MLB released the 2021 Hall of Fame Ballot this week. There were some new names on the list, as well as some returning candidates. Thus in this article, we list our selection for the 2021 MLB Hall of Fame Ballot. (A corresponding video on the Laracuente Ledger Network on our Youtube channel will cover this article.)
Rules for Selections
In making our selections, we will follow the same rules as the BBWAA. (Baseball Writers Association of America.) Which means the maximum number of candidates that can be chosen is ten. (The Laracuente Ledger Network selections are in alphabetical order.)
Barry Bonds has the statistical markers that usually garner easy entry into the Hall of Fame. For his career, Bonds has the most home runs with 762 homeruns. Along with 2935 career hits, 1996 RBIs. And a Major League record 2558 Base on Balls. (Of which a Major League record 688 Walks were Intentional.) The stats are there for Bonds. Barry’s delay in reaching the iconic status of Hall of Famer is based on PED suspicion.
The use of Performance Enhancing Drugs has not been proven for Bonds (& Roger Clemens). However, in the court of public opinion, the verdict is guilty as charged. 2021 is the ninth year on the ballot for Bonds, and he will likely not reach the 75% plateau needed to be crowned a member of the Hall of Fame. That being said, there is little doubt that Barry Bonds belongs in the Hall of Fame. Even if you removed the years from 1998-2007, Bonds would still be a no-doubt Hall of Famer.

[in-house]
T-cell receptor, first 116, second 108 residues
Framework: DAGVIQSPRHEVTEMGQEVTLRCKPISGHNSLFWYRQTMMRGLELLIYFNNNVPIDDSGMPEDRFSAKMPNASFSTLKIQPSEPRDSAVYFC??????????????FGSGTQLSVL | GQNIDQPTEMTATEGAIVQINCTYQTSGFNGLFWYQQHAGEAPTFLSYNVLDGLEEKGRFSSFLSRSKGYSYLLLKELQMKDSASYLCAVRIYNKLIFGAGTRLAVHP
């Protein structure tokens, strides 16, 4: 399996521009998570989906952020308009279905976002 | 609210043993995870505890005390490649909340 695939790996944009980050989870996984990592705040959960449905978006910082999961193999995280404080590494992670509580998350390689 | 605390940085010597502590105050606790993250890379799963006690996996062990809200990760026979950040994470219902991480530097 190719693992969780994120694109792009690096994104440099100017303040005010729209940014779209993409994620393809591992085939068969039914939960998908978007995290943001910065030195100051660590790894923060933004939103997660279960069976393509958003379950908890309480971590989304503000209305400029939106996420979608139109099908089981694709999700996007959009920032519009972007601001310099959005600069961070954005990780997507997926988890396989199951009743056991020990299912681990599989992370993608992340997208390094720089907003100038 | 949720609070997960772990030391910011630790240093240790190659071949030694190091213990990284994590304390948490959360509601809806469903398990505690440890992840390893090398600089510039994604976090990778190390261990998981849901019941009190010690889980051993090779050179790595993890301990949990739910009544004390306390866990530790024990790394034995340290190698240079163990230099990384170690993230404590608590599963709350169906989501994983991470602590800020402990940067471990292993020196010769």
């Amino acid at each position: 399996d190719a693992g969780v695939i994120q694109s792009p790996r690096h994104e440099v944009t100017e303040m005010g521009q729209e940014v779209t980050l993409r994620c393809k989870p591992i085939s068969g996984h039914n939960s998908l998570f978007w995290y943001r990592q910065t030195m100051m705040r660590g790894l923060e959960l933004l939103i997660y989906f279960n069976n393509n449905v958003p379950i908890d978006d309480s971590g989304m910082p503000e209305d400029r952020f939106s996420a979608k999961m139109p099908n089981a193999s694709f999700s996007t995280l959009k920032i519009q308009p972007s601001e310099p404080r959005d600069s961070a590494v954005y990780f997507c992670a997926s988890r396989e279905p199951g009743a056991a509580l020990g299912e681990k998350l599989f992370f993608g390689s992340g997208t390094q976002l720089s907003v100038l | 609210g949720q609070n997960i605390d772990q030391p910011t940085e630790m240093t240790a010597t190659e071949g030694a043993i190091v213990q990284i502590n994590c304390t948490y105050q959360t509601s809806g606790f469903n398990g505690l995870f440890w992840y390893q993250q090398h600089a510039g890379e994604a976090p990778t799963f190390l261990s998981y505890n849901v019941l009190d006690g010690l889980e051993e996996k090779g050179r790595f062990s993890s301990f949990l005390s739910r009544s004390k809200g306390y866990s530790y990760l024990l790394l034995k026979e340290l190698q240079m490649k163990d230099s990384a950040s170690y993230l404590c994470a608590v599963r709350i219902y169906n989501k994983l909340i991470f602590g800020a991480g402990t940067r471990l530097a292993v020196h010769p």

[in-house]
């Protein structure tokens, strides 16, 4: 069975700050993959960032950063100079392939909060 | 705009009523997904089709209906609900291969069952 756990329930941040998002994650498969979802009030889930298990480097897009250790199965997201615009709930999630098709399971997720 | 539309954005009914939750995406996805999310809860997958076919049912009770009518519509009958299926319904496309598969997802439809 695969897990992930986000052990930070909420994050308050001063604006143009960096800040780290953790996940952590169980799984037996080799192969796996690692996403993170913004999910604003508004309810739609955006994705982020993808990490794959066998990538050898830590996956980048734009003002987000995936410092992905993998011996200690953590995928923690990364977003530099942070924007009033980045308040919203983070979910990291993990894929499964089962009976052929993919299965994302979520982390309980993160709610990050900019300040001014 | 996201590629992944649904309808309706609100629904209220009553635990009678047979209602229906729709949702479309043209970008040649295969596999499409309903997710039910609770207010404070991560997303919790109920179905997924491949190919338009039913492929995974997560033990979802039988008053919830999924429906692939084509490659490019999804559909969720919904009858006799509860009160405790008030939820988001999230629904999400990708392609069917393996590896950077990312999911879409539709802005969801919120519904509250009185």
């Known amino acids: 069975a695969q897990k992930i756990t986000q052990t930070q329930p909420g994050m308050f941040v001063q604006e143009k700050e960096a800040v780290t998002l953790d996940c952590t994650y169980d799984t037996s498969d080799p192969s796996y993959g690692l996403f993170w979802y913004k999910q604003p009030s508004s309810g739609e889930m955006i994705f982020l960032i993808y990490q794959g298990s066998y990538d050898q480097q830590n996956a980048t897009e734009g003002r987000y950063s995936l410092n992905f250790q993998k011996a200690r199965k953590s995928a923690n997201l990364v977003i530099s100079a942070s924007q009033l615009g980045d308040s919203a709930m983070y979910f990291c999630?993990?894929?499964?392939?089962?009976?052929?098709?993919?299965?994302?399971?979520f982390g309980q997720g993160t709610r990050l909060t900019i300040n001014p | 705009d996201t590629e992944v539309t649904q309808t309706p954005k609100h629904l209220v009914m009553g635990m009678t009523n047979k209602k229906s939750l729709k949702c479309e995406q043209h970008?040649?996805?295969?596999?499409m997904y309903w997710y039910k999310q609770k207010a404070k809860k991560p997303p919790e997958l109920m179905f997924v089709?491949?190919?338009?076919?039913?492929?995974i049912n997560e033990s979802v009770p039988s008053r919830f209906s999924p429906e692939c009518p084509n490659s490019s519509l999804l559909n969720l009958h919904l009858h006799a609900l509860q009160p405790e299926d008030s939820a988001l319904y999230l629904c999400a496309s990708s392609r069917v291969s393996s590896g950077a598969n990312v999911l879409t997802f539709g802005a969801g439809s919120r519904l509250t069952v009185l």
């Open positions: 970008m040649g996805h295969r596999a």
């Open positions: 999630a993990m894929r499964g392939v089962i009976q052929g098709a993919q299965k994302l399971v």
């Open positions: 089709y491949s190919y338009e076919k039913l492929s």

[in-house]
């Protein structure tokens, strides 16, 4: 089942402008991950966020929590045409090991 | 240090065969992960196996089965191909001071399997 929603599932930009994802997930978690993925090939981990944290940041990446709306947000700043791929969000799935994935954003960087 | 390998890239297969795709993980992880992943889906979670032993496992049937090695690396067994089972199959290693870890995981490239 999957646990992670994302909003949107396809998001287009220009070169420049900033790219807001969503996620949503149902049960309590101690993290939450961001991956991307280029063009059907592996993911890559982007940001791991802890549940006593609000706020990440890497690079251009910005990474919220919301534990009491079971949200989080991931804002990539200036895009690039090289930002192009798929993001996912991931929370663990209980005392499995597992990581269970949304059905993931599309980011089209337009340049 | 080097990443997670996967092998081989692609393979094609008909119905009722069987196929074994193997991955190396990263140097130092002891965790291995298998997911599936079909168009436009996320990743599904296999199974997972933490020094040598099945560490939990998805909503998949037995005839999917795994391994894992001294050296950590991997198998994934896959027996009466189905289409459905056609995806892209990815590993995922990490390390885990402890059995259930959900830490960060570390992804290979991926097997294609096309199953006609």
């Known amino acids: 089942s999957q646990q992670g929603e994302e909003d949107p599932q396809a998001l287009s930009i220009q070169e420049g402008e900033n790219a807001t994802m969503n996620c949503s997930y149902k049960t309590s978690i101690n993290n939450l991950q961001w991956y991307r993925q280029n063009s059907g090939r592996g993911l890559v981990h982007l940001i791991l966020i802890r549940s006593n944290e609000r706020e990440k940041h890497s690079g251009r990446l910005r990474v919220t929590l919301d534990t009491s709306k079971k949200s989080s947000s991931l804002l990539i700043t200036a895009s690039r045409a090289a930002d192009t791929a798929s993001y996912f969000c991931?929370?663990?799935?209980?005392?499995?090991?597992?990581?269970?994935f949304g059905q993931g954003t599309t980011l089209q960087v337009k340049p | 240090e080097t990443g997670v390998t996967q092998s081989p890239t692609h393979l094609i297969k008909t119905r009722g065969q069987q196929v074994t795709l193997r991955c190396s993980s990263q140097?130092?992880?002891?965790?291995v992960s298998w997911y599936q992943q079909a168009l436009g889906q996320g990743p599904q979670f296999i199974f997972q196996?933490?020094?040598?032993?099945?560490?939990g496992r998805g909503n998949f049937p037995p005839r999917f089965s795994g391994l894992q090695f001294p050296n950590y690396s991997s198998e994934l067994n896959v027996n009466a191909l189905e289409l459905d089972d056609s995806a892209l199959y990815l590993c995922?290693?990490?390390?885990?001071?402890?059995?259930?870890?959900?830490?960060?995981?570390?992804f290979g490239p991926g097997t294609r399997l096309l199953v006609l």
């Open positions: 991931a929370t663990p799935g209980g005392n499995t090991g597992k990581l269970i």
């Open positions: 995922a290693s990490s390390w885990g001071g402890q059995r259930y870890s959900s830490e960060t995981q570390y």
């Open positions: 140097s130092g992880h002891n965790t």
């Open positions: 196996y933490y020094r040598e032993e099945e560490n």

Roger Clemens’ case for the Hall of Fame is nearly identical to that of Barry Bonds. Both men are mired in PEDs controversy and suspicion. And just like Bonds, the case has never been definitely proven against Clemens. During a prominently offensive era, Roger pitched and ended his career with an ERA of 3.12 and 354 Wins. (Despite my thoughts on pitcher Wins, this is an impressive number of victories.) Clemens dominated his era, as evidenced by striking out 4672 better across 4916.2 career innings. And just like with Barry Bonds, had the PED suspicions not surrounded them, they would already be in the hallowed corridors of the MLB Hall of Fame.
The Hall of Fame case for Todd Helton has it’s own set of controversies. Simply put, Todd Helton is penalized for playing with one team for his career. Allow me to explain, if Helton played for the St. Louis Cardinals or the San Francisco Giants or the Atlanta Braves and had the same stats, he would be in the Hall of Fame. However, Todd Helton played for the Colorado Rockies. The elevated altitude has and will continue to hurt the case for Todd Helton to make the Hall.
Using the JAWS system of Jay Jaffe, the Hall of Fame determination mark is a WAR of 55. Todd Helton’s career WAR is 61.8 (according to BaseballReference.com.) Helton is a three-time Gold Glove winner, four-time Silver Slugger, five-time All-Star, who’s garnered MVP votes six times in his career. Whatever was potentially added to Helton’s ability in Colorado would adversely affect him on the road. And given the adverse effects on the body from the high altitude, Todd Helton on the road was still a high-caliber player.